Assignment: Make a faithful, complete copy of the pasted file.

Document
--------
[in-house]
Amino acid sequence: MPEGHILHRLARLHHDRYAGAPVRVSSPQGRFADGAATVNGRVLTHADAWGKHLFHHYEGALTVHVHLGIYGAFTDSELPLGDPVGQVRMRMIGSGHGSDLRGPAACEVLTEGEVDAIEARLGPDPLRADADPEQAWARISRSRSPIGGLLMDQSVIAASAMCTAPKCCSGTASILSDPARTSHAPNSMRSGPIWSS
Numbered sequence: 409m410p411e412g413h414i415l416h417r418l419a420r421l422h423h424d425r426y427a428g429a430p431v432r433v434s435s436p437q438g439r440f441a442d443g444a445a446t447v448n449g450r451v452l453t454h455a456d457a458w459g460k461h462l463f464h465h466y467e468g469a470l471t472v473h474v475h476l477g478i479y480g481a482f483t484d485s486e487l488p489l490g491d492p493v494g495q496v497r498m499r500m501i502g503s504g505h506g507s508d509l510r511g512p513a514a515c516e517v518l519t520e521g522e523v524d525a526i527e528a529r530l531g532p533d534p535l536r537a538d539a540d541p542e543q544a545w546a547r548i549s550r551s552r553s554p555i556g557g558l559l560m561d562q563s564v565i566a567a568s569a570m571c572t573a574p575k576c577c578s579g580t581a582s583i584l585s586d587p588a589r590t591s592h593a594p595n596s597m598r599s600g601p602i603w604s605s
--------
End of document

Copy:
[in-house]
Amino acid sequence: MPEGHILHRLARLHHDRYAGAPVRVSSPQGRFADGAATVNGRVLTHADAWGKHLFHHYEGALTVHVHLGIYGAFTDSELPLGDPVGQVRMRMIGSGHGSDLRGPAACEVLTEGEVDAIEARLGPDPLRADADPEQAWARISRSRSPIGGLLMDQSVIAASAMCTAPKCCSGTASILSDPARTSHAPNSMRSGPIWSS
Numbered sequence: 409m410p411e412g413h414i415l416h417r418l419a420r421l422h423h424d425r426y427a428g429a430p431v432r433v434s435s436p437q438g439r440f441a442d443g444a445a446t447v448n449g450r451v452l453t454h455a456d457a458w459g460k461h462l463f464h465h466y467e468g469a470l471t472v473h474v475h476l477g478i479y480g481a482f483t484d485s486e487l488p489l490g491d492p493v494g495q496v497r498m499r500m501i502g503s504g505h506g507s508d509l510r511g512p513a514a515c516e517v518l519t520e521g522e523v524d525a526i527e528a529r530l531g532p533d534p535l536r537a538d539a540d541p542e543q544a545w546a547r548i549s550r551s552r553s554p555i556g557g558l559l560m561d562q563s564v565i566a567a568s569a570m571c572t573a574p575k576c577c578s579g580t581a582s583i584l585s586d587p588a589r590t591s592h593a594p595n596s597m598r599s600g601p602i603w604s605s